Draft legislation has now been released for the 2% SDLT surcharge for non-UK residents, which will come into effect on 1 April 2021. Under the proposals, the surcharge will be payable on purchases of dwellings (costing £40,000 or more) in England and Northern Ireland by non-resident individuals, partnerships, companies and trusts.
The surcharge will not impact on transactions that are deemed to be non-residential or mixed-use. However, it will be payable where the transaction is taxed at the residential rates and is in addition to the 3% surcharge for additional dwellings and the 15% flat rate payable by companies purchasing high value dwellings.
Existing reliefs and exemptions continue to apply.
The surcharge is relevant to freehold transactions and to the grant or assignment of a lease with more than 21 years to run. It is payable when one or more of the purchasers is non-UK resident for the purposes of these rules. (See below for limited reliefs.)
It is not yet clear what evidence will be required in support of the purchaser’s residency status. HMRC are expected to release guidance on this issue over the coming weeks.
An individual will be treated as UK resident if they have spent 183 days in the UK during a continuous period of 365 days starting 364 days before the purchase and ending 365 days after. It is the individual’s location at the end of the day that is important.
If the individual has not met the residency test at the time the SDLT return is filed, the surcharge is payable but may subsequently be reclaimed if all purchasers have met the residency test by the end of the 365 day period following the transaction.
The Government has no current plans to amend the application of these rules in respect of collective enfranchisement arrangements.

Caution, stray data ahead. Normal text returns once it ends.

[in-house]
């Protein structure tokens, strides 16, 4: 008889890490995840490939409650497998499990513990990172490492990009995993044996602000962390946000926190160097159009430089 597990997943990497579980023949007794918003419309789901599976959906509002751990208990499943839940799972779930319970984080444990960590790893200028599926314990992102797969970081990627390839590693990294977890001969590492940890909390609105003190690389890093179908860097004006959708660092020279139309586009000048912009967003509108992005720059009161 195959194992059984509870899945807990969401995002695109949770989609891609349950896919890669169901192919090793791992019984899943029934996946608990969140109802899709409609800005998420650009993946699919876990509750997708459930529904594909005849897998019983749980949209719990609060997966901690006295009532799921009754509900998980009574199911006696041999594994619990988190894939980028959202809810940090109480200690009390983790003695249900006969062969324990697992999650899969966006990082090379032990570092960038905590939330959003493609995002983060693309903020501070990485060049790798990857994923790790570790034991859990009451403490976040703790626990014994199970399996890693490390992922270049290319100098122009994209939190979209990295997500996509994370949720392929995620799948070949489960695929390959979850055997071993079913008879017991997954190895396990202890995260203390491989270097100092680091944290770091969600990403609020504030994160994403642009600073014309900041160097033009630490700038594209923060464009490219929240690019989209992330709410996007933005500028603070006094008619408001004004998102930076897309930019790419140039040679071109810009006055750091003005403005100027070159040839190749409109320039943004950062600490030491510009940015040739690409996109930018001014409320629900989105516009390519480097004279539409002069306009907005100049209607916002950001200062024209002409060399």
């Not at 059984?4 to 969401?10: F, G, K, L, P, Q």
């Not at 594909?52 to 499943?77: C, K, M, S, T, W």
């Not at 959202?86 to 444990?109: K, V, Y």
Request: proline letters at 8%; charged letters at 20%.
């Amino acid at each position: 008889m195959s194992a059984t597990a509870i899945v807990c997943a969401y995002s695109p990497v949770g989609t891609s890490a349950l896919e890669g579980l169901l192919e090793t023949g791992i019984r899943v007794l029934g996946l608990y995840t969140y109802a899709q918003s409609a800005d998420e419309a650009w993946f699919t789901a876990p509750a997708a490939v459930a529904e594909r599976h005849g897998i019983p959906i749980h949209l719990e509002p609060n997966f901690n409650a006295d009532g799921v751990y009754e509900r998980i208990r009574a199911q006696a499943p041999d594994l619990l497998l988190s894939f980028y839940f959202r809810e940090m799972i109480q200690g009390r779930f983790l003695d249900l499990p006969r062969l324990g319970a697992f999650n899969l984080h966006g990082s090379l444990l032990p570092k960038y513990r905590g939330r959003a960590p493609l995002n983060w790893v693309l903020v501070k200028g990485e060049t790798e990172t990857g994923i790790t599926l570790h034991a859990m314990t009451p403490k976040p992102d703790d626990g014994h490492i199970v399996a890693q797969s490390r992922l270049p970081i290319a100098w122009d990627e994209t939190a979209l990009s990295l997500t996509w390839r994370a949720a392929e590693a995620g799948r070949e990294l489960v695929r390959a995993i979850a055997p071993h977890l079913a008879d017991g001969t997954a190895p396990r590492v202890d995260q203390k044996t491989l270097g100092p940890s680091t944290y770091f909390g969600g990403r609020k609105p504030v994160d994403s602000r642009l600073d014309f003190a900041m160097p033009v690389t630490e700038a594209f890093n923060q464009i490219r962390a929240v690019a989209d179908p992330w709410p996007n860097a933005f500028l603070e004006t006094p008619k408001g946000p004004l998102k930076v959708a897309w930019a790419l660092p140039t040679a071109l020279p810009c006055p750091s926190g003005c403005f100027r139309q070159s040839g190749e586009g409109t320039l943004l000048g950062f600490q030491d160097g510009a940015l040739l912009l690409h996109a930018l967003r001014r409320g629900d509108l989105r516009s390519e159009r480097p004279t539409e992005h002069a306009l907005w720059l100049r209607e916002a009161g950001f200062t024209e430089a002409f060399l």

A company will be non-UK resident if:
- it is not within the scope of UK Corporation tax at the effective date of the transaction, or
- it is a close company that is controlled by one or more non-UK resident individuals.
There are specific rules for certain investment vehicles such as CoACS, REITS and Unit Trust schemes.
As with existing SDLT provisions, the rules will depend on the type of trust involved in the purchase:
- The residency of a bare trust will be determined by the beneficiary.
- The residency of a life interest trust is determined by the life tenant.
- The residency of all other trusts is determined by the trustees. The trust will only be UK resident if all trustees are UK-resident under the appropriate SDLT tests.
A purchase of a dwelling by, or on behalf of, a partnership will be treated as a joint purchase by all the partners. If any of the partners do not meet the relevant SDLT residency tests, the surcharge will apply.
Reliefs from the surcharge
Where a Crown employee is subject to UK Income Tax, they will be able to claim relief from the surcharge if they do not meet the residency tests due to their employment. This relief will extend to spouses and civil partners who are living overseas with the Crown employee.
A relief from the surcharge is similarly available where spouses are jointly purchasing a dwelling and only one spouse meets the UK residency test.
If an individual subsequently meets the residency test set out above, it may be possible to reclaim the surcharge.
A refund is obtained by amending the SDLT return. This must be done within 2 years of the transaction.
Refunds are not available to companies, although the rules allow for a refund where the property has been purchased using alternative property financing (such as Shari’a law compliant mortgages) if the person who enters into the arrangements with the financial institution subsequently meets the residency tests.
The surcharge applies to transactions with an effective date on or after 1 April 2021. However, the new rules will not affect transactions where contracts are exchanged on or before 10 March 2020 but do not complete until after 1 April 2021 unless there is a variation in the contract, an assignment of rights or the exercise of an option or right of pre-emption that occurs after 10 March 2020.